Reviews

2015 BMW X6 Driving Impressions


The BMW X6 is by no means a sports car, but it handles surprisingly well, especially considering its near-5200-lb. curb weight. To get the best handling requires equipping the X6 with lots of expensive options, including adaptive suspension and active steering, which adjusts the steering ratio to the car’s current speed for better responsiveness.

We drove a BMW X6 xDrive50i at BMW’s Performance Center in Spartanburg, South Carolina, and found power from the 445-hp V8 engine more than plentiful and readily on tap. In Sport mode, body roll is kept at a minimum, and in Sport+, our favorite track setting, less invasive traction control allows for a little more wheel slip around corners. In these modes, the 8-speed automatic transmission holds gears at high revs, and although drivers can change gears manually with paddle shifters, we found the X6 perfectly able to do its thing in Drive. Through the slalom, we experienced the same result: In Sport and Sport+ modes, acceleration and handling was impressive for a car of this size. Switching to Comfort mode, we found the chassis less controlled on the race track, and a lack of oomph from the 8-speed automatic transmission, which changes gears at lower revs in this mode.

Around the skid pad, we tested the X6’s torque vectoring control, which automatically changes the power split between the rear wheels, increasing grip and stability around corners. Again, we found the X6 impressive for its size, but also realizing it was a pricey option contributing to the car’s success.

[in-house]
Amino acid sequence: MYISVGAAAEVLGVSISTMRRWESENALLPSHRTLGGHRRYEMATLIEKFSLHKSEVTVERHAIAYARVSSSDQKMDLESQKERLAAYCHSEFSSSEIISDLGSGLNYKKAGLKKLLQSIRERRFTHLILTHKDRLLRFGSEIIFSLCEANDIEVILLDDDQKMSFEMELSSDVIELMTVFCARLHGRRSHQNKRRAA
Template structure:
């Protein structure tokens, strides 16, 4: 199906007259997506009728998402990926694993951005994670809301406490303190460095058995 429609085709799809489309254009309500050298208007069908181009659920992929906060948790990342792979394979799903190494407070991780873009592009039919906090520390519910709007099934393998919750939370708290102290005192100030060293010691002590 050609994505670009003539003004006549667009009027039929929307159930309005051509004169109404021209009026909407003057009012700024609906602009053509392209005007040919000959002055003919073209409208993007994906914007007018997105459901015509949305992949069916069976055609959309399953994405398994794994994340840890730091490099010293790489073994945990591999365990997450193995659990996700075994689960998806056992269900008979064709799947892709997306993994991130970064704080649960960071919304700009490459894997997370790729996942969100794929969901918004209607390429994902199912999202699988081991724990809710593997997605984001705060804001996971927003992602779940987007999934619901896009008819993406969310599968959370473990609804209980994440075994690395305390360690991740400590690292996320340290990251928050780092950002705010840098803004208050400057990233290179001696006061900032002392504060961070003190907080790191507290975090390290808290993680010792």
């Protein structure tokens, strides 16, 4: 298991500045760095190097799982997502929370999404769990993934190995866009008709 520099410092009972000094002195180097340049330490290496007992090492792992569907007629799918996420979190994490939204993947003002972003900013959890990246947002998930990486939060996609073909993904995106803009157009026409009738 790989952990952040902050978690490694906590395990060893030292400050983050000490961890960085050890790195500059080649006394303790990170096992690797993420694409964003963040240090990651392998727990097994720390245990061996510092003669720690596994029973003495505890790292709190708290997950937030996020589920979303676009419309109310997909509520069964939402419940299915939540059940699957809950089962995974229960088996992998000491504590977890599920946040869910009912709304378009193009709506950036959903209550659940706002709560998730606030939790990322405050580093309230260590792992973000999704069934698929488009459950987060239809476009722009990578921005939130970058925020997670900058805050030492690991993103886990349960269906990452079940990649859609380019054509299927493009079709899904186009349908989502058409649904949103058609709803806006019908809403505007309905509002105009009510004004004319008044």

One of the best attributes of the X6 is its brake system. On our X6 xDrive50i with the M Sport package, we did several panic stops from about 50 mph, and were surprised at the relatively short braking distance. Brake feel is firm, yet progressive and comfortable.

On a moderately challenging off-road course, we drove the X6 through a makeshift stream and up and down rocky hills. The X6 handled them just fine, with enough ground clearance for all of the exercises. Rocks and ruts are best handled in Comfort mode, where the suspension can soak up the bumps better than in the stiffer Sport mode. Hill Descent Control automatically controlled our X6 down steep hills without using the brake pedal. A front-view camera helps drivers see obstacles in the road, but wasn’t particularly helpful in navigating narrow passageways and turns. We’d like to see added graphics on the screen that display the vehicle’s track and wheel angle, like the lines that are displayed when using the rearview camera.

Out on public roads, we enjoyed the smooth acceleration of the powerful V8 engine. In normal driving with only two people in the vehicle, 445 horsepower is overkill, though, combined with a hearty 480 pound-feet of torque, the X6 xDrive50i would be a good choice for towing or carrying heavy loads. For cruising freeways and suburban streets, Comfort mode offers the best balance between good handling and a cushy ride. Once roads get steep or twisty, Sport is the way to go.